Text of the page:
Blockchain startup Nivaura has today initiated its first bond denominated exclusively in ether.
Built under the regulatory oversight of Britain’s Financial Conduct Authority (FCA), the first-of-its-kind instrument was issued by London-based luxury retail startup LuxDeco and created with the help of industry leaders to give the company a new way to raise capital for short-term seasonal demand.
But what’s truly disruptive about the issuance isn’t the use of cryptocurrency, rather it’s that the bond will be cleared, settled and registered on the public ethereum blockchain. With a relatively short lifecycle of only one week, the bond is also part of a larger experiment to see if removing financial middlemen can make such investment vehicles more accessible to small businesses on a massive scale.
“As an entrepreneurial business we are always looking at ways to gain advantage and scale,” said the founder and CEO of LuxDeco, Jonathan Holmes, in an interview with . “So, if cryptocurrency becomes a valid funding and trading option we would definitely look at issuing further bonds in the future.”
And while private blockchains have largely been the purvey of CSDs and other legacy infrastructure providers, the founder and CEO of venture-backed Nivaura, Avtar Sehra, argued that the new bond shows the potential of public blockchains when applied to enterprise business models.
“What we’re showing is you can use open public infrastructure for regulated financial instruments, and this is a very critical step, because from the earliest stages we’ve always believed that public blockchains are the way forward.”
Big name input
To ensure the ethereum bond aligned with existing workflows, a number of counterparties were involved in its creation.
As part of JPMorgan’s in-residence program Nivaura received input for the development of an automated bookbuilding process that could be deployed for a number of different financial instruments. With the help of law firm Allen & Overy Nivaura then used that structure to construct legally compliant documentation that automated the work using ethereum smart contracts.
In turn, credit rating firm Moody’s priced the instrument by providing data to generate yield curves, factoring the volatility of ethereum into the structure of the bond itself.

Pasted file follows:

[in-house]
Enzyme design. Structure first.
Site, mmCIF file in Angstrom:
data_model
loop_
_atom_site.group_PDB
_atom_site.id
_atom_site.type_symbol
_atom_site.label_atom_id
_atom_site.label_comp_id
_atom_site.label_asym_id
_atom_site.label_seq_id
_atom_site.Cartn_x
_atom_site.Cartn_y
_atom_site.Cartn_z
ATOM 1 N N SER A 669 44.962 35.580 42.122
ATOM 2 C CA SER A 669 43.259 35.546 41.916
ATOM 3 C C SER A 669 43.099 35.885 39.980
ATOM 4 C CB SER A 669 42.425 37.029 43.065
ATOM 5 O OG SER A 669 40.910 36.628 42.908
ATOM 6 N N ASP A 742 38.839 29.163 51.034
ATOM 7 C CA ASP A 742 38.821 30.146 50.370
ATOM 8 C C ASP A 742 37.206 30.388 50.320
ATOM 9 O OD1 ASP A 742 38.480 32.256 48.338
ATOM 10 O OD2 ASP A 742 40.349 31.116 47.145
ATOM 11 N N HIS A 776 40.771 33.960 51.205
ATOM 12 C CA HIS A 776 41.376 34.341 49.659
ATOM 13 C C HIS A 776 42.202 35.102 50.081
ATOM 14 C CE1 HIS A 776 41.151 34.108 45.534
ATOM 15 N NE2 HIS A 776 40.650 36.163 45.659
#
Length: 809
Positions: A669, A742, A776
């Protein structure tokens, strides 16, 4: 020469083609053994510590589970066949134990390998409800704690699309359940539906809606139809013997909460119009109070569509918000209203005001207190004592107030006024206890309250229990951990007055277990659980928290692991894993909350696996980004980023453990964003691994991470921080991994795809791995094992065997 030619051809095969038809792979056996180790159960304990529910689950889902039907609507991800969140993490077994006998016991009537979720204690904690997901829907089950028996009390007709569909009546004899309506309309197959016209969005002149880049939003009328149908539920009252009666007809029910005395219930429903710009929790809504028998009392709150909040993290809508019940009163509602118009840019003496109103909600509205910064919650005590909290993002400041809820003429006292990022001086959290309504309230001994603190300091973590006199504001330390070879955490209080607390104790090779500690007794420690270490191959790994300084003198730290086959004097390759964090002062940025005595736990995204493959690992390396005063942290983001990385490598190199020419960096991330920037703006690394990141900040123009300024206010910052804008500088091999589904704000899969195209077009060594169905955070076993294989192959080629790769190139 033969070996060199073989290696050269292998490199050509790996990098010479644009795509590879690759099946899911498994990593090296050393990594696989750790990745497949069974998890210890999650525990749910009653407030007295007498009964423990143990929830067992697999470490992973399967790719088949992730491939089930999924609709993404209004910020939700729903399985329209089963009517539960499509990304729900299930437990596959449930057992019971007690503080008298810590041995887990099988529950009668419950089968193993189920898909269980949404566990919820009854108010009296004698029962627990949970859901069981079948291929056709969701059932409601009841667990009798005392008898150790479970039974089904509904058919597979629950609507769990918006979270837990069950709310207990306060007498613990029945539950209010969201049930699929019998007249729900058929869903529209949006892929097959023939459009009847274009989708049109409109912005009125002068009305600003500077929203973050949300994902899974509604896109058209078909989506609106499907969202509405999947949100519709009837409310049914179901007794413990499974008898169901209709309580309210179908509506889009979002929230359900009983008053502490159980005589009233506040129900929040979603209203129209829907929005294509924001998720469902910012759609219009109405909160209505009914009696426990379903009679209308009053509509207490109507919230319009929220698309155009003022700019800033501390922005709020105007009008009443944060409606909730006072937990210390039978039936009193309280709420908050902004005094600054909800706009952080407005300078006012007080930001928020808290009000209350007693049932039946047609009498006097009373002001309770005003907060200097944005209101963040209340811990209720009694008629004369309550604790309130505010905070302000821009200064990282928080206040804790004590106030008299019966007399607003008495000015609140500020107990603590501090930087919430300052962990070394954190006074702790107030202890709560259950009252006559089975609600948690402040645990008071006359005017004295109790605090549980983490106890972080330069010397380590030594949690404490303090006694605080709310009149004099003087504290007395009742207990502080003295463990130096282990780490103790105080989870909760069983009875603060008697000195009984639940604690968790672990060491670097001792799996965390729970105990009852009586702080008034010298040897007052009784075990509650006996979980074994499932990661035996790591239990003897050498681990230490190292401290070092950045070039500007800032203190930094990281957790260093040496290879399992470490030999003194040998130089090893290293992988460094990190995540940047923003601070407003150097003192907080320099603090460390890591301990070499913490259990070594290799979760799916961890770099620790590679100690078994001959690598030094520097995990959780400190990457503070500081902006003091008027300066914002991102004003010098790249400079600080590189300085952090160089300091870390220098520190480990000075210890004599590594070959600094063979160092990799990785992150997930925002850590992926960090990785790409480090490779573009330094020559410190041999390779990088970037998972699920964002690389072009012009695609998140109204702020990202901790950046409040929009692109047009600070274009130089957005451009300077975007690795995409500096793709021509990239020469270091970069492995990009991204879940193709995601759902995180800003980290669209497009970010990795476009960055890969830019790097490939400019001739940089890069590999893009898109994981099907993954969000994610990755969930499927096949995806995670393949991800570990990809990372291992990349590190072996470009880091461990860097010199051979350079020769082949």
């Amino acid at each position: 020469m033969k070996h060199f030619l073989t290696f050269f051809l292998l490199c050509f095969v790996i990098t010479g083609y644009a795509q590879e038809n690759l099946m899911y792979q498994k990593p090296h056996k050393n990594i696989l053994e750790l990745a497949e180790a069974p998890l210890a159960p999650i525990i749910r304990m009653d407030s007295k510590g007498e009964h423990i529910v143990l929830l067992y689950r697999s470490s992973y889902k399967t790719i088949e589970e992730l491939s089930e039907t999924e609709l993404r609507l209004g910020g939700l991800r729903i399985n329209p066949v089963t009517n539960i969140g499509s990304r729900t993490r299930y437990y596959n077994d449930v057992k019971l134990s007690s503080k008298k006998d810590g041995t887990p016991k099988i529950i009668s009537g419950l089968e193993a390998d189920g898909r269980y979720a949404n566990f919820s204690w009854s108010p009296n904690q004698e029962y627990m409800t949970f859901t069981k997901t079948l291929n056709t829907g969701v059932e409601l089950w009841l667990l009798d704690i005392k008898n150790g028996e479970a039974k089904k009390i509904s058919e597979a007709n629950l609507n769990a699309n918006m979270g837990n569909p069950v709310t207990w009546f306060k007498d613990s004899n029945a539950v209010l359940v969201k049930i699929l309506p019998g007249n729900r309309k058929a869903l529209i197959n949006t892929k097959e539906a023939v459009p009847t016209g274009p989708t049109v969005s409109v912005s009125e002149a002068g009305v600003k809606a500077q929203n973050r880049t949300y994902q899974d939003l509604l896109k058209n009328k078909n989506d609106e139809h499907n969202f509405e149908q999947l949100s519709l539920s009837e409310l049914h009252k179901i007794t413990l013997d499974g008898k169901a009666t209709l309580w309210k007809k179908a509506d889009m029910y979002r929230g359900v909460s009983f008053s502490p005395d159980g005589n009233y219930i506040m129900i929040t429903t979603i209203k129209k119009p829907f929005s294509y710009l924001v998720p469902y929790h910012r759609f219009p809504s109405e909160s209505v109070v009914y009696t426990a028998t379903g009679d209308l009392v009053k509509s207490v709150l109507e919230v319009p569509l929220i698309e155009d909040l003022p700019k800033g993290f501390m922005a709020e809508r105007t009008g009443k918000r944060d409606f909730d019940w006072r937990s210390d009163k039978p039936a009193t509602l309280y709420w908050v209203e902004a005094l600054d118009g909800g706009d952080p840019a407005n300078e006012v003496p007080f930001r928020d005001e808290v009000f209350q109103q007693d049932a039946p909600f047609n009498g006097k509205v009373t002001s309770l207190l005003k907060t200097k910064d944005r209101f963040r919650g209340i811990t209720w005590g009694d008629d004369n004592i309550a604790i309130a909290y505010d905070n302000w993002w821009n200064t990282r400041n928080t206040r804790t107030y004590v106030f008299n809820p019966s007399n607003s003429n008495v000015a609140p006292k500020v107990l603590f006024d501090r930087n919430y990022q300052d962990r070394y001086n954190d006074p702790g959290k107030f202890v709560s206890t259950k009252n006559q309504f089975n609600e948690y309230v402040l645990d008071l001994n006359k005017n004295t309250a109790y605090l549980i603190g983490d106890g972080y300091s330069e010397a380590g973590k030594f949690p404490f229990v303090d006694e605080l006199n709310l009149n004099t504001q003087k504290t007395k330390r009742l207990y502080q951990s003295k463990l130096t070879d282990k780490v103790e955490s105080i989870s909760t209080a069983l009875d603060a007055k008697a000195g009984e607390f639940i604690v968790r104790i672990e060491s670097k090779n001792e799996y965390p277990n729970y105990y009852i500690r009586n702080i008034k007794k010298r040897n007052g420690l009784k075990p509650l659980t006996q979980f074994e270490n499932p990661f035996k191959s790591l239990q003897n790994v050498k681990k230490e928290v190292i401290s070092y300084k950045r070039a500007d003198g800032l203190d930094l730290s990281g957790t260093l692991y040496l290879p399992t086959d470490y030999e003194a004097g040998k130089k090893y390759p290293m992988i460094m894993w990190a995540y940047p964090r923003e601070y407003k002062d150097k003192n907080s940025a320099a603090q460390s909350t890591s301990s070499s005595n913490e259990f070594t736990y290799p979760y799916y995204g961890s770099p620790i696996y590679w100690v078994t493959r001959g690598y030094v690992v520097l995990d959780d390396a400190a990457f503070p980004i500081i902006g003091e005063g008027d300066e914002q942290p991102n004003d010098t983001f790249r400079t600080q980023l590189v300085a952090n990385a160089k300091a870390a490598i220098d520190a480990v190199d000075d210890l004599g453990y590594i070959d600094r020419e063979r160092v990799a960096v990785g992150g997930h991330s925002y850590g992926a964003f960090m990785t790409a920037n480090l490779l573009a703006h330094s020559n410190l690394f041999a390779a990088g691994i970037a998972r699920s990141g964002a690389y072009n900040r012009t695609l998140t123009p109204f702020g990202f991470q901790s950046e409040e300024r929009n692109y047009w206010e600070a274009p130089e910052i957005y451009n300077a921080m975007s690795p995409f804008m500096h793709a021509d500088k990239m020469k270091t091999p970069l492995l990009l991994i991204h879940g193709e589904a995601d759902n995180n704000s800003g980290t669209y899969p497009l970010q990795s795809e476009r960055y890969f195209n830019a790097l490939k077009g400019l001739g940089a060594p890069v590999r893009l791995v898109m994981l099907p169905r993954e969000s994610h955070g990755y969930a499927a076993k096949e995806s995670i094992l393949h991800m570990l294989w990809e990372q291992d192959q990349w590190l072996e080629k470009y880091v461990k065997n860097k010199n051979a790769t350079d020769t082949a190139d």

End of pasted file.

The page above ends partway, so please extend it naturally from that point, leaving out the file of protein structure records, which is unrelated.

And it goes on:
Specifically, while a control experiment (discussed in greater detail below) paid 2.5 percent annual interest, the ethereum bond is expected to offer annual interest of about 10 percent to help offset the perceived risk of using a cryptocurrency prone to rapid price fluctuations.
Ether used to purchase the bond was be deposited to a public address called the Nivaura Client ETH Account. To help conclude the process, investors, in turn, must confirm the account in which they’d like to receive principal and interest when the bond reaches maturity on Nov. 29.
While the entire process was designed to be as self-service as possible, a trustee service is also being provided by Australia-based Link Asset Services (previously known as Capita) in case the issuer defaults on the loan.
“A blockchain can’t do that,” said Sehra, elaborating:
“A blockchain can’t go and enforce a contract and reclaim the assets for the investors. This is essentially where an accountable third party is always required.”
Yet, the ethereum bond issued today is just the latest of a two-part experiment designed to show how public blockchains could turn bond issuance into an increasingly self-service industry.
Considered a control group for comparison with the ethereum bond, the earlier work was conducted using the bitcoin blockchain, resulting in a more manual process in part due to expected difficulty writing smart contracts.
This bond was created last month as part of another regulatory sandbox similarly set up by the FCA to give the partners assurance they won’t accidentally violate industry controls.
In spite of the difficulty automating some of this earlier work, end users were still afforded a degree of self-service, by using private keys assigned to them via a KYC/AML onboarding process built into the Nivaura platform.
The biggest difference between the tests was that instead of depositing the cryptocurrency directly to an account on the blockchain, as with the ethereum bond, British pounds were deposited into Nivaura’s Client Money Account.
A document given by Nivaura to the counterparties explained the limitations of this arrangement:
“This meant that the ownership of money on the blockchain could not be considered as the independent source of truth due to the dependency on, and management of, the funds held in a Client Money Account.”
With the lessons learned from both of these live experiments, Nivaura and LuxDeco have plans for a number of further implementations.
LuxDeco’s Holmes said he first discovered Nivaura in response to global customers who wanted to pay for their goods in ethereum and bitcoin – and if the bond matures without any problems, that’s exactly what the firm would like to do next.
“If we eventually start accepting payments in cryptocurrency, which we think will come, there is potentially a natural case for funding our working capital cycles through this means too,” he said.
As for Nivaura, Sehra is mindful of other bond issuers such as Daimler, Fisco and Overstock who have used cryptocurrency for part of their process. As those companies, and others working in derivatives, make their own progress, he expects to see a convergence.
“We’re already seeing derivatives in cryptocurrency. Bonds and derivatives are going to be the next step. They’re going to be the next pioneers.”